Regarding the brighter objects, i.e. with log , they follow reasonably well the theoretical expectations regarding the mass-loss rate. We remind that the four most luminous early-type dwarfs analyzed in the work of Martins et al. (2005) have clumped mass-loss rates. Thus, although they fall somewhat below the theoretical line in the log x log plot and below the fit to the data of Mokiem et al. (2007), they do not present a significant discrepancy if clumping is neglected7.

The results derived by us and Mokiem et al. (2005) regarding the star Oph are connected in Figure 11. The large difference observed is due to the different mass-loss rates derived. While we have log from the C iv 1548,1551  line, Mokiem et al. (2005) derived log based on H, using the FASTWIND code. The other stellar and wind parameters determined in their study and ours are very similar. The radius, , and log from this (their) paper are 9.2 (8.9) , 32.1 (32) kK, and 4.86 (4.88), respectively. Regarding the wind terminal velocity, we (they) obtain 1500 (1550) km s.

As we mentioned above, the objects of our sample and the four O8-9V stars analyzed in Martins et al. (2005) occupy about the same locus in the panels shown in Figure 11. It is interesting however to analyze their results for other stars having also low luminosities, i.e., with log . Two objects in Martins et al. (2005) have a log of about 5.2 ( dex) and are classified as O6.5V stars: HD 93146 and HD 42088. Another object included in their study is HD 152590, an O7.5V with a log . They fall relatively far from the O8-9V group in the plots in Figure 11. Contrary to the other four earlier O dwarfs, clumping was not used in their analysis. These three examples are suggestive that in stars of the spectral types O6.5V, O7V, and O7.5V, a decrease of the wind strength starts to be seen, culminating in the O8-9V classes.

Also at low luminosities are the following objects analyzed by Mokiem et al. (2005): Cyg OB2#2 (B1 I), Sco (B0.2V), 10 Lac (O9V), and HD 217086 (O7Vn) (see Figure 11; filled squares). They deserve special attention. In their case, their mass-loss rates clearly present better agreement to the theoretical predictions and also allow them to follow relatively well the WLR. Interestingly, their ’s were obtained from the H line. Given these and our UV based results, the origin of the weak wind problem can be thought to reside in the different mass-loss rates diagnostics employed. In fact, Mokiem et al. (2007) have suggested that the problem could be due to uncertainties in the UV method. We address and discuss these questions during the rest of the paper.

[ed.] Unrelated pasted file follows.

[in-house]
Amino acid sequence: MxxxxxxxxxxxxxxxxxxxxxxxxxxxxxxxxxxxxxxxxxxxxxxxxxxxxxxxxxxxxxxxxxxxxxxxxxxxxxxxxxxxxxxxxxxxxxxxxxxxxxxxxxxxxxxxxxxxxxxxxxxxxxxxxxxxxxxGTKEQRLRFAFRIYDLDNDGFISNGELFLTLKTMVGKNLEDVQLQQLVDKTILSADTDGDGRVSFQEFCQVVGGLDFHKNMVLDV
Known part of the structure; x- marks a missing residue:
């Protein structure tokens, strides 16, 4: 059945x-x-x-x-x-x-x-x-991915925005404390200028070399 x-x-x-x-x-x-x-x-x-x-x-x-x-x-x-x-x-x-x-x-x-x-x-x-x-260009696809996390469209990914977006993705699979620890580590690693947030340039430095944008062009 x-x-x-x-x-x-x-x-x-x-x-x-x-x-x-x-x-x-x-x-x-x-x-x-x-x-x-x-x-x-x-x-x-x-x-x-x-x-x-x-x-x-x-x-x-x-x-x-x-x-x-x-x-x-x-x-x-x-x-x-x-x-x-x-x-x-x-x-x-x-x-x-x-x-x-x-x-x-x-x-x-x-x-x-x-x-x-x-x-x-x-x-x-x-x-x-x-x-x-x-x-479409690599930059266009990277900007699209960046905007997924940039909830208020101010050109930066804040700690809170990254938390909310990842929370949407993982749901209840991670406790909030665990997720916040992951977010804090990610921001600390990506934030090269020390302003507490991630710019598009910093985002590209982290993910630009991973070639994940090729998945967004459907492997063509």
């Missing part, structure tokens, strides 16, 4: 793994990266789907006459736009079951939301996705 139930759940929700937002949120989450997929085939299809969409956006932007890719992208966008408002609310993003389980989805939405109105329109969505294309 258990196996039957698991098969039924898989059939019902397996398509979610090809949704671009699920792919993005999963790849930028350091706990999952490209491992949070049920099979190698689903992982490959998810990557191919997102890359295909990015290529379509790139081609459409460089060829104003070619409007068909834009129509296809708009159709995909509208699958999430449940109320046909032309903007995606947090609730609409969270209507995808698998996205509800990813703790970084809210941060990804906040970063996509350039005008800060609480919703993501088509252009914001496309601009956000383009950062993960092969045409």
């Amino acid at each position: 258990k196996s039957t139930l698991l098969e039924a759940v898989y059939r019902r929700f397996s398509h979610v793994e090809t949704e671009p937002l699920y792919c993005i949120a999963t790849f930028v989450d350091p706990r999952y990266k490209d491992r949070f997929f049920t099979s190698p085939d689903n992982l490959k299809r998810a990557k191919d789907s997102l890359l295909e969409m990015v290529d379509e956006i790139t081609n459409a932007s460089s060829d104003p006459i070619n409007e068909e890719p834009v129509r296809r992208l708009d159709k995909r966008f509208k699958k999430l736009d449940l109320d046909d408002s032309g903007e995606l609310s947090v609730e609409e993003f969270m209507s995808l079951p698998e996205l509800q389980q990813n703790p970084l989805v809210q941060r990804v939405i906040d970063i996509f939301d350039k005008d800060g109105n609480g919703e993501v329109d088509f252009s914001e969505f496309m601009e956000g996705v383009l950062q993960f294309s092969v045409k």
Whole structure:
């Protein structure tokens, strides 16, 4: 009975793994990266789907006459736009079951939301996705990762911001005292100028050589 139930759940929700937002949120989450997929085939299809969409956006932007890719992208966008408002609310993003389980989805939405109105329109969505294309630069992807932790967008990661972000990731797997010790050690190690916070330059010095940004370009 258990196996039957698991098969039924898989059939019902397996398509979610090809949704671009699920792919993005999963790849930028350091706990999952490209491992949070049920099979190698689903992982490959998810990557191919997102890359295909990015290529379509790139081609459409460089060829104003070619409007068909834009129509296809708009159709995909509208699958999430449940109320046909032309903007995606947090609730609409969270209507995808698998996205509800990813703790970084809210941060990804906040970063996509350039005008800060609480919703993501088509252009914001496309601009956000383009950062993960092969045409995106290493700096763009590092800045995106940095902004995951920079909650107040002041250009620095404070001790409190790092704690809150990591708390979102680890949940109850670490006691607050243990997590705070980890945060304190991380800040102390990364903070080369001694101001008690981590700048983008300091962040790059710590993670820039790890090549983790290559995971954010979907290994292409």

We emphasize that there are several other O8-9V stars with UV spectra similar to the ones found in our sample. Thus, it is likely that they possess similar wind properties, i.e., that the same basic results we have obtained will be achieved for them if we use the same methods of analysis.

6 The Carbon Abundance

Figure 12: Determination of the carbon abundance in our programme stars. The observed spectra are indicated by solid line lines. The models shown have: 20% solar (0.2; dotted line), solar (; dashed line), and 3x the solar carbon abundance (3;dashed-dotted line).

From the models, it can be easily seen that changes in the carbon abundance () affect the C iv 1548,1551  profile. In fact, by choosing different combinations of and we can get satisfactory fits to this feature, as long as its optical depth is kept constant, i.e., at the observed value. This can be seen more directly in terms of the Sobolev optical depth, which is proportional to the mass-loss rate, the C iv ionization fraction (), and the abundance: (see for example Lamers et al. 1999). In the context of the weak wind problem, this suggests that we could fit C iv 1548,1551  using models with mass-loss rates close to the values predicted by the radiative wind theory (Vink et al. 2000) and low amounts of carbon. We conclude below however, that this cannot be the case.

It is clear that an accurate carbon abundance determination in late O dwarfs is needed to disentangle and . In order to achieve this goal, we have built a small grid of models with the following ratios: 0.2, 0.5, 1.0, 1.5, and 3 (mass fractions). Thereafter, we have analyzed the behavior of the following photospheric transitions: C iii 4647-4651, 1176, and C iv 5801,12. Although these lines do respond to changes in , an accurate determination of the carbon abundance is not feasible at the moment.

In Figure 12 we present the fits obtained using models with (20% solar), (solar), and (3 solar). Although our grid is more complete, we illustrate only extreme values (besides the solar one) to emphasize the discrepancies. From Figure 12, we can note that: (i) when an abundance of 0.2 is used, we cannot fit any of the lines shown; (ii) when a 3 value is used we cannot fit properly the C iii   line, because a large/broad wing appears in the synthetic line and this is not observed; (iii) the 3 abundance is also not favored from the fits to C iii 4647-4651 in HD 216898 and HD 66788, and hints to be an excess also in HD326329, Oph, and HD 216532. From (i) we can conclude that our sample must have a . On the other hand, from (ii) and (iii) we are inclined to conclude that . Regarding the C iv 5801,12 lines, we see that a upper limit is also suggested from the fits.